Renewable energy and conservation alone won’t be enough for California to meet its target of reducing 2050 carbon emissions 80% below the 1990 level, according to a new paper published.
Renewable energy and conservation alone won’t be enough for California to meet its target of reducing 2050 carbon emissions 80% below the 1990 level, according to a new paper published in the journal Science. The team of writers, which included experts from the University of California and Lawrence Berkeley National Laboratory, created an extremely detailed model of California’s future economy and energy mix. One inescapable conclusion: widespread electrification of transportation will be a critical component.
According to the study, a lot is going to have to happen for the green state to meet its ambitious CO2 target:
– Energy efficiency must improve by at least 1.3% per year over 40 years.
– The electricity supply must be almost totally decarbonized.
– Most existing fuel uses must be electrified, with electricity constituting 55% of end-use energy in 2050, compared to 15% today.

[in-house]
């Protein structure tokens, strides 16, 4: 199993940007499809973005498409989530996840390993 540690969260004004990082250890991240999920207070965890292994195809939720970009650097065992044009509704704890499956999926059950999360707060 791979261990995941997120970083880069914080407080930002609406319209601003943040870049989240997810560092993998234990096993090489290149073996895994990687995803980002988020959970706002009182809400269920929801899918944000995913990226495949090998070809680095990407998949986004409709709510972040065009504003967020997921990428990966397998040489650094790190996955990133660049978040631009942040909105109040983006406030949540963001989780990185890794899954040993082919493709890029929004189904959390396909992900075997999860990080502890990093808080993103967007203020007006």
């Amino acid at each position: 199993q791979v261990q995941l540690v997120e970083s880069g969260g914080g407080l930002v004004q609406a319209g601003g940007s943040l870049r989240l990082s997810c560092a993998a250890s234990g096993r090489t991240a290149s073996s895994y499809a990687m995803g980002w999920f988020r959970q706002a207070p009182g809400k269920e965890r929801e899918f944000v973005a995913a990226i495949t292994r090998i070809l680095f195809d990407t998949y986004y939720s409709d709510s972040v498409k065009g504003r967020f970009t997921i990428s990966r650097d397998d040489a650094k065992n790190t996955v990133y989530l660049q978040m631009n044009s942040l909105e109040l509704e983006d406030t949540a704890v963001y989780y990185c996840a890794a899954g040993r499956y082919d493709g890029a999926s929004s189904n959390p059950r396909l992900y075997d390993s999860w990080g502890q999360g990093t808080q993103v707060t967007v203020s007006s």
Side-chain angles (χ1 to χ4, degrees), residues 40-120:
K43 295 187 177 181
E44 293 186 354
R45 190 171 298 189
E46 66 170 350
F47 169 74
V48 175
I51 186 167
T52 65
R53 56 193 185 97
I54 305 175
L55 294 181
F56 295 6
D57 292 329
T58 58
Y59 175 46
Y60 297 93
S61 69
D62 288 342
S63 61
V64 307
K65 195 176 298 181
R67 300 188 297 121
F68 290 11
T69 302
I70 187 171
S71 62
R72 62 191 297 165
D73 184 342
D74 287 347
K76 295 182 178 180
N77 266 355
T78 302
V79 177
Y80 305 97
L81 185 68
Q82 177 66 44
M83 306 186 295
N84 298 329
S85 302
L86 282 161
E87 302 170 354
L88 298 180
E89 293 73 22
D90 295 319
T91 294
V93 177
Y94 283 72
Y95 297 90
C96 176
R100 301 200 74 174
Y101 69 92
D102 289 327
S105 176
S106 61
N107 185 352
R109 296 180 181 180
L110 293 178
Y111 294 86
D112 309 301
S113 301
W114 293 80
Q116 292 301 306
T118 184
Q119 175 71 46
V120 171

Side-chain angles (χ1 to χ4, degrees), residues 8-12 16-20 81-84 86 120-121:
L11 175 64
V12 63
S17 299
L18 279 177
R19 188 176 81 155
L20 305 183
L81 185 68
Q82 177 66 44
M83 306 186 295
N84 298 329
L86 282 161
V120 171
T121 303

Without electrification, the other measures combined will produce at best a 50% reduction of emissions below the 1990 level.
The report identified many energy-related technologies and infrastructure systems that will require major improvement. The list includes electric vehicle batteries and “smart charging,” which is essential for keeping the cost of electrification manageable through automated control of charging times and levels.
Now the hard part: the pieces of the green puzzle must be put in place in a coordinated way to achieve their hoped-for emission reductions at reasonable cost. For example, switching to EVs without switching to renewable energy would clean up only a little of the nasty carbon, and large-scale deployment of electric vehicles without smart charging would wreak havoc on the electrical grid.
Image: General Motors